Wednesday, March 02, 2011

The writing on the wall...

There are a lot of things that I don't remember from high school. I don't remember much from Mrs. Warner's Latin I or Latin II. Sometimes I think I can remember things that I really can't, and then sometimes I just remember them wrong. I guess as soon as I realized that I probably wasn't going to be accepted to medical school, Latin just didn't seem quite so important.

I do tend to remember things that I think are important a little bit better. In Driver's Education, Mr. Harrison taught us that we should stay behind the car we were following the distance of one car length per each 10 miles per hour we were traveling, so that if you were driving 60 miles per hour, you would be six car lengths behind. He said that even if you couldn't get stopped in that distance, at least you would have time to swerve and avoid a crash, or slow down enough that the damage wouldn't be as great. I always thought that sounded like a pretty good idea. My old buddy Stinky Wilmont always thought it was just a waste of road.

I guess cars are a lot shorter now than they were when I was in high school, so I'm not sure that strategy would be as effective nowadays. I heard a commercial a while back from an insurance company, and they recommended staying three seconds behind the car in front of you. That sounded like a good idea too, but the last time I left three seconds between me and the car in front of me, two semi's, a motor home, and a Good Humor ice cream truck managed to squeeze into the opening.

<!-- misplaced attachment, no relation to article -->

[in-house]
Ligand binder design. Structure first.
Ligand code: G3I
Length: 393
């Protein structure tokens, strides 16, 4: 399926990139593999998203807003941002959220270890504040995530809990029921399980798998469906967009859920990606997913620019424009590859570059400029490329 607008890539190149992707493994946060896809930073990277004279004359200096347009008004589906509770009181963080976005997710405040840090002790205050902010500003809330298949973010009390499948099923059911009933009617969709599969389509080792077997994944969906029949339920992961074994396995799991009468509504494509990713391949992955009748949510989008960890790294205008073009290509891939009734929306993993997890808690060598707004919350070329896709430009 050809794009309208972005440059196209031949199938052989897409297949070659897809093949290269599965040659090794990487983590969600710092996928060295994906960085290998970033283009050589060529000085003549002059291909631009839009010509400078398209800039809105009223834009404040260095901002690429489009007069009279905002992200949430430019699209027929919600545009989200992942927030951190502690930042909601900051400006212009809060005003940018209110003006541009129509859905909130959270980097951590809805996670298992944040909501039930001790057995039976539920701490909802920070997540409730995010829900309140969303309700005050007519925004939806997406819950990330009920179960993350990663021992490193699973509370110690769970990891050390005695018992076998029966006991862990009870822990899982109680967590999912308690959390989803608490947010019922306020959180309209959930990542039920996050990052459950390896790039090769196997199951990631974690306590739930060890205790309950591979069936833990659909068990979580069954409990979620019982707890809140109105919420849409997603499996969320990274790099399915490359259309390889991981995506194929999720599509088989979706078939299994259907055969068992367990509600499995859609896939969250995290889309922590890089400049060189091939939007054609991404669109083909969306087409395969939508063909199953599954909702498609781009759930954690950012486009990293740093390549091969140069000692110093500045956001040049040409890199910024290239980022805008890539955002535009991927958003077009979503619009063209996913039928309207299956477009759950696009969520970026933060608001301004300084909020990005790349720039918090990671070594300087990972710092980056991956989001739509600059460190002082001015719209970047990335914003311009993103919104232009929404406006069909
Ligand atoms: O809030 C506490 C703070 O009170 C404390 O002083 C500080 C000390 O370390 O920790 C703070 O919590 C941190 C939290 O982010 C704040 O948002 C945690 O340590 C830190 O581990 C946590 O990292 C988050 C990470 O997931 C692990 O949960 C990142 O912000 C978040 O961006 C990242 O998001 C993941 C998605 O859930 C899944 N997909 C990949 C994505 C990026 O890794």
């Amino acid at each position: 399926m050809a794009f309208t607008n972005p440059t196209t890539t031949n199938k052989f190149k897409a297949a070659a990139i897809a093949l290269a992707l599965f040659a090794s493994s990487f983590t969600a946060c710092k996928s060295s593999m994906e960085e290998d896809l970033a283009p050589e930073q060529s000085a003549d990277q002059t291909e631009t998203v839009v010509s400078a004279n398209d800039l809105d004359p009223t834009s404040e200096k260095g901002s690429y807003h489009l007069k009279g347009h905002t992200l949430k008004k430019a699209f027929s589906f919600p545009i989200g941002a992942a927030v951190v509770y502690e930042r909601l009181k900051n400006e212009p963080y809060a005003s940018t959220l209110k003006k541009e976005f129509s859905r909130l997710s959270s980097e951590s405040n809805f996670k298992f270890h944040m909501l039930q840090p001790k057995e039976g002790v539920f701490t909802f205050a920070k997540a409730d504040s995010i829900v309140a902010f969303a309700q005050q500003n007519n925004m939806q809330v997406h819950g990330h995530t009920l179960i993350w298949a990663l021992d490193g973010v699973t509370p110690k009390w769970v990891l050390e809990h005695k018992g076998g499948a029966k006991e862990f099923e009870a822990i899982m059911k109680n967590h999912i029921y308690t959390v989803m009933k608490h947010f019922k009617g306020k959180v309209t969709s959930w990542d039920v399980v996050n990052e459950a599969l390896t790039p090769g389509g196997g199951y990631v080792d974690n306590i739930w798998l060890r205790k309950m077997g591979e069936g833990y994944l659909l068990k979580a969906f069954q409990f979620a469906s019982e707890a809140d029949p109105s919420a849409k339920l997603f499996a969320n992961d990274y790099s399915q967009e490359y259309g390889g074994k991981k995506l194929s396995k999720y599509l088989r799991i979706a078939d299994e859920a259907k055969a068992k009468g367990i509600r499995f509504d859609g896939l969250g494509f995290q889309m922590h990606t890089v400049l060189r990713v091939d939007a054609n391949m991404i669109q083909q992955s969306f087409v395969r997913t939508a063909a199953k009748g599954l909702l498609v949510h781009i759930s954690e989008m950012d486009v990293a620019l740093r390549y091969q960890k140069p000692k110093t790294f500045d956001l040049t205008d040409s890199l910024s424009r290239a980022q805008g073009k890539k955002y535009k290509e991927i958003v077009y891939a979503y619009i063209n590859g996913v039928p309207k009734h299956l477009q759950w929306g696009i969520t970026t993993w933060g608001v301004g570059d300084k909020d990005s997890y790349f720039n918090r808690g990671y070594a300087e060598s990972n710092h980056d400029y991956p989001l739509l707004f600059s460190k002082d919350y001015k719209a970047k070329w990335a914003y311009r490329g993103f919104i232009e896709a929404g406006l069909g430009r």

I'm convinced we could save ourselves a lot of misery if we paid a little more attention to what was happening in front of us, and reacted a little better before we reach that point.

We've known for a long time that the federal government has been spending more money than it is collecting. Some people see this and think the federal government ought not to spend so much money. Some people just think it ought to collect more. And while we were watching that, but not really doing anything about it, the individual states started doing the same thing.

This year California is on pace to spend $25 billion more than collects. Illinois is looking at $13 billion. New Jersey is at about $11 billion. Some states decided that it might be time to put a check on some of their spending, but once you're $25 billion in the hole, it's about like hitting the brakes after you've already hit the wall. And then there are some people in some of those states don't believe they have a problem, just like Stinky Wilmont never believed it was possible he could ever have an accident.

Indiana's budget gap is still in the millions instead of billions. I'm not sure that qualifies us to consider ourselves lucky, but it does give us a little more braking time than some of the other states have allowed themselves.

Hopefully we can take advantage of that and start making the necessary adjustments before we hit the wall.

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